Q: Are you trying to say that Washington underestimates the support for global health around the country?
A: No, it isn’t what I meant. I do think there is a real appreciation in Washington for the support of global health and that’s where the support comes from for PEPFAR and existing programs. It is a clear area of bipartisanship and we have to nurture that. The budget situation created by the recession is something we have to tackle. That makes it very important what we do in this area is effective and efficient as possible.
Q: Let’s talk about the state of the GHI today. Several people, inside and outside the Obama administration, have said it’s a very difficult time for GHI. There’s very little, if any, new funding, and very few, if any, identifiable GHI programs off the ground in countries. What is your assessment of where things stand, and why has it taken so long to get things moving nearly two years since GHI was announced?
A: I think the budget situation makes GHI even more important. If you look at the underlying importance of working closely with countries, to see what works and what doesn’t work, the idea and principle around building more sustainable systems speaks to effectiveness and efficiency. Take issues around women and girls. In so many areas, GHI leverages significant impact across communities. In a constrained budget environment, these are principles that allow us to deliver more services and achieve greater outcomes across the whole global health environment.
As I have talked to countries, I see a lot happening on the ground. I was in Kenya recently and I asked one of the key Kenyan health leaders, ‘What do you think of this?’ He said, ‘We should have had GHI yesterday, it’s so important to build capacity.’
You can look at the whole spectrum around maternal mortality. It’s a huge challenge still in Kenya. One of the surprises — well, it was something I knew, but when you travel and meet with people, you are reminded how many people die from preventable causes — was the danger for women in labor. We went to Kisumu in western Kenya and I asked to go on a trip to a rural area. We were taken to a village outside Kisumu. We met a family where the mother had died giving birth to twins. The visit allowed me to see how programs such as home visits for those with HIV are incredibly important. A counselor talked about a whole range of challenges, all related, and that was really important to see. It was a reminder of the sheer number of women who die in labor. You can’t get over that.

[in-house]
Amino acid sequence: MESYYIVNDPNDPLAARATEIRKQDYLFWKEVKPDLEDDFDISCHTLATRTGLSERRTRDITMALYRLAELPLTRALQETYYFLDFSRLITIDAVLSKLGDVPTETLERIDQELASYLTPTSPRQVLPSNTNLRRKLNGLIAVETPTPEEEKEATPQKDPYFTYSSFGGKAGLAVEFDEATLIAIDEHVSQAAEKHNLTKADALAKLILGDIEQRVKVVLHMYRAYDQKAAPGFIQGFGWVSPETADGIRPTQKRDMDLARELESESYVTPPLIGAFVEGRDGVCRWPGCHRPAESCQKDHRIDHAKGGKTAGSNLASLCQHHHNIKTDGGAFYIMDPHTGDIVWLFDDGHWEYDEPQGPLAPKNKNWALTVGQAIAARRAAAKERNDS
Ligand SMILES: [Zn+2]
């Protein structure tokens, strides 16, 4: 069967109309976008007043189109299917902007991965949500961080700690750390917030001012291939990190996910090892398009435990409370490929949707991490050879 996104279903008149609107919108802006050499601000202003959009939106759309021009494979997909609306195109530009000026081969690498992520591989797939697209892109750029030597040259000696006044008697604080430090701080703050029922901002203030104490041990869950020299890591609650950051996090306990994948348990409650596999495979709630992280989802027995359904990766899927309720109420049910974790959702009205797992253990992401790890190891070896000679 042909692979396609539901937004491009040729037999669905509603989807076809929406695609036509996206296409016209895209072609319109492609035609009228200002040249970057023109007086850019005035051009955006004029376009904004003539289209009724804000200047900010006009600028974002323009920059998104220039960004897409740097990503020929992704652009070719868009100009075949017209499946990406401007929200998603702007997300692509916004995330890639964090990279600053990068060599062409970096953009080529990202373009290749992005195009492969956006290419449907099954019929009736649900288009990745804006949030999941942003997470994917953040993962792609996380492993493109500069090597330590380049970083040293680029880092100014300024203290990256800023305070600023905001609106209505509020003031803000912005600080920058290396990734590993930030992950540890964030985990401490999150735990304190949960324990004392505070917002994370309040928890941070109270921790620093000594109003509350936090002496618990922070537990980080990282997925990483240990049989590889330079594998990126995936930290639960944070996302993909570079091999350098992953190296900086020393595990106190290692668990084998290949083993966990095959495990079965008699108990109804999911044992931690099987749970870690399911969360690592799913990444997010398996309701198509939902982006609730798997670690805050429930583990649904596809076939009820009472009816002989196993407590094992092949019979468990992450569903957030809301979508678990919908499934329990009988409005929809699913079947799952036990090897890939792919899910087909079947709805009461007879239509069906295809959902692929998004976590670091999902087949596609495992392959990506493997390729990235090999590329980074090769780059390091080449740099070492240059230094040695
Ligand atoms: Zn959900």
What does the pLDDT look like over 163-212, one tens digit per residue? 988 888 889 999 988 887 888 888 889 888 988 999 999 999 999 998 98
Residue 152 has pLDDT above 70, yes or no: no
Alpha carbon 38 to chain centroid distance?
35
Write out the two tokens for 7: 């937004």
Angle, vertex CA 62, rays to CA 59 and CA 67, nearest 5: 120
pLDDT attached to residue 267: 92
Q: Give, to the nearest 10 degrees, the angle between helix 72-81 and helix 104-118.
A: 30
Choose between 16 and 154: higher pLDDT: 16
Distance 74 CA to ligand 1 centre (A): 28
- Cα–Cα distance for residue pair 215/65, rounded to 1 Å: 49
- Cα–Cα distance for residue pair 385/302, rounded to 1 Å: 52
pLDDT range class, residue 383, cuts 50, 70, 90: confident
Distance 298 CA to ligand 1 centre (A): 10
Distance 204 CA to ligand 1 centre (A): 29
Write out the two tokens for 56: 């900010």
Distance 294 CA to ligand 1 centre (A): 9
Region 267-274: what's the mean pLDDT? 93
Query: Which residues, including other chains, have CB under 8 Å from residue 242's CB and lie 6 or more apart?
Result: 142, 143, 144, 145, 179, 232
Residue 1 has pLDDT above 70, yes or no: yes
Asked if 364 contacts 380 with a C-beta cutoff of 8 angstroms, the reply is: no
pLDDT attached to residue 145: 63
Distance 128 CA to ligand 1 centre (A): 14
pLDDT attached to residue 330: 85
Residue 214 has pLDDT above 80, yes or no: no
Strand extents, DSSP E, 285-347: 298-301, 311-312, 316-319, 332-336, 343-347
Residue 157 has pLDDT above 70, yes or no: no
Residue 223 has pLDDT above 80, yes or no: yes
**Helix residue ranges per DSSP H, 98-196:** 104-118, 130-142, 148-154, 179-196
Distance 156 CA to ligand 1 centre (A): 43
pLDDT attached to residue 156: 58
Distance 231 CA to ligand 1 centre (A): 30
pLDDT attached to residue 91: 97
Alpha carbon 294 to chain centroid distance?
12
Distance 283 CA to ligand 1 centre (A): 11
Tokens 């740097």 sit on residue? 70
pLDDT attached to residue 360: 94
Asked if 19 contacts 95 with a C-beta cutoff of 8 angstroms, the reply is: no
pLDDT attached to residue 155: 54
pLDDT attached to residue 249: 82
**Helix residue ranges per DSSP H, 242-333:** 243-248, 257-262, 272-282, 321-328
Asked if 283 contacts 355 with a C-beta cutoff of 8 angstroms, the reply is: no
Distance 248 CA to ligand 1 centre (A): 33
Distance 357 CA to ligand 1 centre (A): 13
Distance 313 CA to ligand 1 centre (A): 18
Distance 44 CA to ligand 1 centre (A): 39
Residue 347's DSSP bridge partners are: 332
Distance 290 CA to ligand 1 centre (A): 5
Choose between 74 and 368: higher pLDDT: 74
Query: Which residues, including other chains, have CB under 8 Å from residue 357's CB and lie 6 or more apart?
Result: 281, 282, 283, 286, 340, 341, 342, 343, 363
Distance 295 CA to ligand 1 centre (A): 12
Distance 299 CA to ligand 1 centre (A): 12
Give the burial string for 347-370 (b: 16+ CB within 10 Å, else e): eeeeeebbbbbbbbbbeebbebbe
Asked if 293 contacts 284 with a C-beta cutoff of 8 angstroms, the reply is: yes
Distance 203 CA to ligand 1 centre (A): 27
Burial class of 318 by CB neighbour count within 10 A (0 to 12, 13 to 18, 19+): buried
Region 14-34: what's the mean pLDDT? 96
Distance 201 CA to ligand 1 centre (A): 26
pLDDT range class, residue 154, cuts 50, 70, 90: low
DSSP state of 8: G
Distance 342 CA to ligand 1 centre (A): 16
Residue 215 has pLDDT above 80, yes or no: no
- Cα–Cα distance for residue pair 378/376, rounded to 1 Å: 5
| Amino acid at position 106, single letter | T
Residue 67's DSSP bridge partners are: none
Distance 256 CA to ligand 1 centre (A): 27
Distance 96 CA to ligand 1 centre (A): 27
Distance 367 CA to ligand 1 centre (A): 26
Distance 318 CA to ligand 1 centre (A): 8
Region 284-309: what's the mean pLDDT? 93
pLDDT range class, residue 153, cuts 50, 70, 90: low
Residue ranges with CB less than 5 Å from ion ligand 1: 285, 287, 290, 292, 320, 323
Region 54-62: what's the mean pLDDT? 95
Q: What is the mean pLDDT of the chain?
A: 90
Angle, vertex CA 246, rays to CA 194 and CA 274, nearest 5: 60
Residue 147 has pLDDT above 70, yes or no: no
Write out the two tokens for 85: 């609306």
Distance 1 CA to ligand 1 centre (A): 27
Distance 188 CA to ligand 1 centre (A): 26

I’m having conversations with all the GHI-plus countries now. I was just taken through programs of Bangladesh yesterday and earlier in the week I did the same in Nepal. I’m going out to Mali shortly. GHI is working because the principles make a tremendous amount of sense. People are moving ahead with them.
The country strategies were released recently. There definitely was a period in 2010 when there was a very heavy internal focus of GHI. We have moved beyond that now, to a very strong focus that is not only in countries, but also holding wider discussions with stakeholder communities. Communities are essential to all the work in GHI.
Q: At a recent event at Kaiser Family Foundation, you said that one benefit of GHI’s support for country ownership was that countries could start paying for the programs themselves. Is that a central element of GHI — to shift the financial burden to countries?
A: Country ownership gives us the opportunity to work more closely with the countries so our plan is more tightly tied to their plan. Some countries can pick up more of the cost. Nigeria, for example, is picking up some expenses. But we know there will be some counties that have limited capacity financially to do that.